This paper presents a study of the effect of a sealer and four finishes on the vibration properties of spruce for guitar soundboards. Two of the finishes, de-waxed shellac and nitrocellulose instrument lacquer, are evaporative finishes, traditionally used for guitars. The third and fourth are reactive shellac-based finishes. The study measured the fundamental vibrational frequency, f0, and damping quality factor, Q, of Sitka spruce test bars machined in along-grain and cross-grain orientations, and coated with sealer and the finishes. The sealer alone produced significant changes in both f0 and Q for the two grain orientations: the along-grain f0 decreased; the cross-grain f0 increased, and Q for both grain orientations decreased. The finish top coats affected f0 for only the along-grain bars, which decreased with top coat application. Compared to Q for the sealer coating, all of the top coats cured for seven weeks increased Q for the along-grain bars, but did not affect Q for the cross-grain bars. Statistical analyses showed that all of the top coat finishes cured for seven weeks were equivalent with respect to their effect on the vibrational properties of the spruce bars.Full Text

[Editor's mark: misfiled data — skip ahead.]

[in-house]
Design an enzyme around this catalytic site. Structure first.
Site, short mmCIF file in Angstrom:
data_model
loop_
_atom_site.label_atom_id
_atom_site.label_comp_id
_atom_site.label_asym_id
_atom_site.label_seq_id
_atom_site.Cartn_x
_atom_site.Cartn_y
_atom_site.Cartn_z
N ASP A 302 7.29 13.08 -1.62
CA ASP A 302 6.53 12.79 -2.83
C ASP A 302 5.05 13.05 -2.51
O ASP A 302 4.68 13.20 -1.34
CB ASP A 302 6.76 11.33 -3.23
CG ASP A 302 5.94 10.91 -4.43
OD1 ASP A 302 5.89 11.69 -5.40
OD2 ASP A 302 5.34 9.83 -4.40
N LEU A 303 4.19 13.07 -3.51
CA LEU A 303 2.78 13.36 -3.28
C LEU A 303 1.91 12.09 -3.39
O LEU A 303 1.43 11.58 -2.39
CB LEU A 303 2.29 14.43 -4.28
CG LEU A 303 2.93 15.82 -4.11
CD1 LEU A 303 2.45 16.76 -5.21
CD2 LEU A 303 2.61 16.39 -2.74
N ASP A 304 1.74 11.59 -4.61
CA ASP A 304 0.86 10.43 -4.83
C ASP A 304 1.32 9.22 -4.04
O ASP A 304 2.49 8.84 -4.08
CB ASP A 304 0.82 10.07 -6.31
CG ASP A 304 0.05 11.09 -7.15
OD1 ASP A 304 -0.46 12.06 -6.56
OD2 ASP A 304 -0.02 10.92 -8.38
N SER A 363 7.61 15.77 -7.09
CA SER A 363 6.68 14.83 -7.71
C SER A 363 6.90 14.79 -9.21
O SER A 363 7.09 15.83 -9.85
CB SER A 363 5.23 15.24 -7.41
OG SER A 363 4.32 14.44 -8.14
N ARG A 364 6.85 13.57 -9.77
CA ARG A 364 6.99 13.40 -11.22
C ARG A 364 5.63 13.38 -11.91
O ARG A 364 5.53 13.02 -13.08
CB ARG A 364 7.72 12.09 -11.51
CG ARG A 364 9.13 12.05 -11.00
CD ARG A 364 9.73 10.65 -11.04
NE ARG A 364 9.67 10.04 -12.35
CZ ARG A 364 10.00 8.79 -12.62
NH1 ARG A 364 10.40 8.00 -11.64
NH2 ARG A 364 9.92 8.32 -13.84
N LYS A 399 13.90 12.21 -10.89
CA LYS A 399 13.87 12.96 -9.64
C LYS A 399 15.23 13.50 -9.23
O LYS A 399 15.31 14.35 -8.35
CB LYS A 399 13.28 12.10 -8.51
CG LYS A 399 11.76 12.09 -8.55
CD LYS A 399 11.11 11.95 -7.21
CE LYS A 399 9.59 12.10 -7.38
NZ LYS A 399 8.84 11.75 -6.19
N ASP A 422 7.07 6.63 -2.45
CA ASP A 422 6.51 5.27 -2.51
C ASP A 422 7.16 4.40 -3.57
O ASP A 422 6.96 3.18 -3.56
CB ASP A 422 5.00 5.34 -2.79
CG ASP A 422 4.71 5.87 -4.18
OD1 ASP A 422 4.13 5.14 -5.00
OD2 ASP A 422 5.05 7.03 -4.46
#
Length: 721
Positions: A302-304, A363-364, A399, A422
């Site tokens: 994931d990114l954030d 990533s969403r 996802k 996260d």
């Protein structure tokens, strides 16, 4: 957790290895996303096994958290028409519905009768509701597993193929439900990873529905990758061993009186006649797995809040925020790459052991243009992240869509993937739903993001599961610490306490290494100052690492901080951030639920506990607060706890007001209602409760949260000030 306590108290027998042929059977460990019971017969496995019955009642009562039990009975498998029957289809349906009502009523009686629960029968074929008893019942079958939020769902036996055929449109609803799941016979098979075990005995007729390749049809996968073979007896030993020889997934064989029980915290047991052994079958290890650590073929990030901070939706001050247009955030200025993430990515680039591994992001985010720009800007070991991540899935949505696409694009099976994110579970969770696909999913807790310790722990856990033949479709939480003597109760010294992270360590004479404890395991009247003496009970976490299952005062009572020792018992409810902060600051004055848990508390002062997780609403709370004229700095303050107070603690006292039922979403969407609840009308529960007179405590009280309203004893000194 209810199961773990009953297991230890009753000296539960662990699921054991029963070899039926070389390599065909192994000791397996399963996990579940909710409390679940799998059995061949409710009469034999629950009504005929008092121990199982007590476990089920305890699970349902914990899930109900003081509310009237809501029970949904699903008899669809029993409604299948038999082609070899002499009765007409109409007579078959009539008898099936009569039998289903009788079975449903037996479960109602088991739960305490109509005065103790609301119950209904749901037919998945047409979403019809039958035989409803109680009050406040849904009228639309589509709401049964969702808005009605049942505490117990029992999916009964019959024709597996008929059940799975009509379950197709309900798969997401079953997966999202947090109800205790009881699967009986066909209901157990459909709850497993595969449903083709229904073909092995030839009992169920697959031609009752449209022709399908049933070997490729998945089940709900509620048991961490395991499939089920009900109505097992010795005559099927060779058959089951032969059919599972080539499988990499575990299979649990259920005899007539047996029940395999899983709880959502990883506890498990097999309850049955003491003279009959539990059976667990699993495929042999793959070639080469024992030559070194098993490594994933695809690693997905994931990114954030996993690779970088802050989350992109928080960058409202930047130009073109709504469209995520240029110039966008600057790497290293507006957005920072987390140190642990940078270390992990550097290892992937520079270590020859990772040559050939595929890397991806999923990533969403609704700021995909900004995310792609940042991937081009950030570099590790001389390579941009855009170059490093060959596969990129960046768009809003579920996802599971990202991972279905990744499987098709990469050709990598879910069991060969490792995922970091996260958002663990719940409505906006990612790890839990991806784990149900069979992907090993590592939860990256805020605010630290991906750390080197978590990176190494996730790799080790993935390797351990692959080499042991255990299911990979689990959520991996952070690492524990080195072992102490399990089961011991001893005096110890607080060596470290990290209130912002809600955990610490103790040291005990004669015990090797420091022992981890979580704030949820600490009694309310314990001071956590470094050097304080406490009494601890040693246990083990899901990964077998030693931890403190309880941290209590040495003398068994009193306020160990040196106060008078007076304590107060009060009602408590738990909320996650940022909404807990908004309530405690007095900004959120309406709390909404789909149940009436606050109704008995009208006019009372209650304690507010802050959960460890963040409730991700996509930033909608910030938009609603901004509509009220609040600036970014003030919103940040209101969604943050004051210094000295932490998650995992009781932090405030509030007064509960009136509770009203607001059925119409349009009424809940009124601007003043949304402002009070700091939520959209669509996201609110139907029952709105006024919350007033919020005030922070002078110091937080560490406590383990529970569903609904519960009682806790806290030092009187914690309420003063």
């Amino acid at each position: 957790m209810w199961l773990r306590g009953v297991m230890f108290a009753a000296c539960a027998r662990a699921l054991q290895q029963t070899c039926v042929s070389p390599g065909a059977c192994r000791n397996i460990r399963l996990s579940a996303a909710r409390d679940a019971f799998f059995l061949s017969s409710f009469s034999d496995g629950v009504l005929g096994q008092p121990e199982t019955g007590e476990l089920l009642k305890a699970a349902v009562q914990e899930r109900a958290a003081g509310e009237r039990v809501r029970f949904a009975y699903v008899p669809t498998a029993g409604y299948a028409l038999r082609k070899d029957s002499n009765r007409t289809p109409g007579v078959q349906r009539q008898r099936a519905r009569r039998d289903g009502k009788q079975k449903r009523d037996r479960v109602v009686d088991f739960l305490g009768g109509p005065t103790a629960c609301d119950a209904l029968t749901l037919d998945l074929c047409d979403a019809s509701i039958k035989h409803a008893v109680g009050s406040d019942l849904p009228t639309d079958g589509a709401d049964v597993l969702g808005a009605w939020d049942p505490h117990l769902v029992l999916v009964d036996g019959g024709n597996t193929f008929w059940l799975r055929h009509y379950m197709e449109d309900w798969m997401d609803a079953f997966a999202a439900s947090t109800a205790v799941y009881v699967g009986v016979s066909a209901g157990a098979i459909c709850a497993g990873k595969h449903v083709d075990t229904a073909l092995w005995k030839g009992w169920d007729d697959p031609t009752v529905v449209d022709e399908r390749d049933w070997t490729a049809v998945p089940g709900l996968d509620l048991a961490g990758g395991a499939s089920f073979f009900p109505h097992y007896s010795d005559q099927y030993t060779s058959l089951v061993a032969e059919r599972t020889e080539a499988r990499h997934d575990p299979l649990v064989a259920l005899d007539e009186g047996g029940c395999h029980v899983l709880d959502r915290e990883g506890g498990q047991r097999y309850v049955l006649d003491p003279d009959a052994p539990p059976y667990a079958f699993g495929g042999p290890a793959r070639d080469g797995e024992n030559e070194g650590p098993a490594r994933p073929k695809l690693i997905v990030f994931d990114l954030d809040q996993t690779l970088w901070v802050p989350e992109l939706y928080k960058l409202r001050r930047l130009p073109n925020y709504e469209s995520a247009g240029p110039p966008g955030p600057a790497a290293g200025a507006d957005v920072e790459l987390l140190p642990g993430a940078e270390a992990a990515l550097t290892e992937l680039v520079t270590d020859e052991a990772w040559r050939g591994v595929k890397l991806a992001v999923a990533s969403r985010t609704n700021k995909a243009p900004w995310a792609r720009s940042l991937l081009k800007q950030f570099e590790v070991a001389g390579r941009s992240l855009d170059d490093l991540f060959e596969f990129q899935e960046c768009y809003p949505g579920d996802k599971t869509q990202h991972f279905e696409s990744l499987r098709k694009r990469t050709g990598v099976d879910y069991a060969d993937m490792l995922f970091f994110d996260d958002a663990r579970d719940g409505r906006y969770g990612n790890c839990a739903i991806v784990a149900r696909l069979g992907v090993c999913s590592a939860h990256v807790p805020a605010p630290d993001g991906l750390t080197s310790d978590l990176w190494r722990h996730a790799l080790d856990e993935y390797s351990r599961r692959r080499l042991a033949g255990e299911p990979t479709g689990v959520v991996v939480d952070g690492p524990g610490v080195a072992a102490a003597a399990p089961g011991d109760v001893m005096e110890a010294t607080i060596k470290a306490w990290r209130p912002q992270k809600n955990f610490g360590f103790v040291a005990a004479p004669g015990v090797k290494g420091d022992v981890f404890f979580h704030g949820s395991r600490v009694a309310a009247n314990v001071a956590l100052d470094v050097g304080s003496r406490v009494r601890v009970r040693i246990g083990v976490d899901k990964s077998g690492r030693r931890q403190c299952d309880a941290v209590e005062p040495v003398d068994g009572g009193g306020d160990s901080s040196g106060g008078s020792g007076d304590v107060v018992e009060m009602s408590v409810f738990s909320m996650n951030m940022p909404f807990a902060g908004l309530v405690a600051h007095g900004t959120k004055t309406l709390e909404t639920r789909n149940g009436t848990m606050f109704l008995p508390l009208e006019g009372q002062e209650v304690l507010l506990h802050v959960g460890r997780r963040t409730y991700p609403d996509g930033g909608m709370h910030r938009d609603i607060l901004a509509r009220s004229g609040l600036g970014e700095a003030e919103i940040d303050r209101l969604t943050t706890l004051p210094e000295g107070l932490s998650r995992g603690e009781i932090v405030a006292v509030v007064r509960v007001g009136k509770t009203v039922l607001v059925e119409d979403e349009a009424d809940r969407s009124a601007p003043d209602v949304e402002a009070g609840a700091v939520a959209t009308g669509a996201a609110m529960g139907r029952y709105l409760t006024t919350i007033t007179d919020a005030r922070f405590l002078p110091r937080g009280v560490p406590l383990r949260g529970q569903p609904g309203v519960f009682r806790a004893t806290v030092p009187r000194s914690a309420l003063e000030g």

Article published Nov 7, 2015.
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The Savart Journal is published in collaboration with the Guild of American Luthiers.
Howard Page Stephens
Sandia National Laboratories (Retired)
After receiving his PhD from Purdue University, where he was a National Science Foundation Fellow, Howard joined Sandia National Laboratories, pursuing a career in materials research and R&D management. He also served as a Division Chair of the American Chemical Society and as a Technical Advisor to the U.S. Department of Energy, Office of Basic Energy Sciences. After retiring from Sandia, Howard returned to his interest in lutherie, applying his scientific experience to researching plate vibrational properties. He is a member of the Guild of American Luthiers.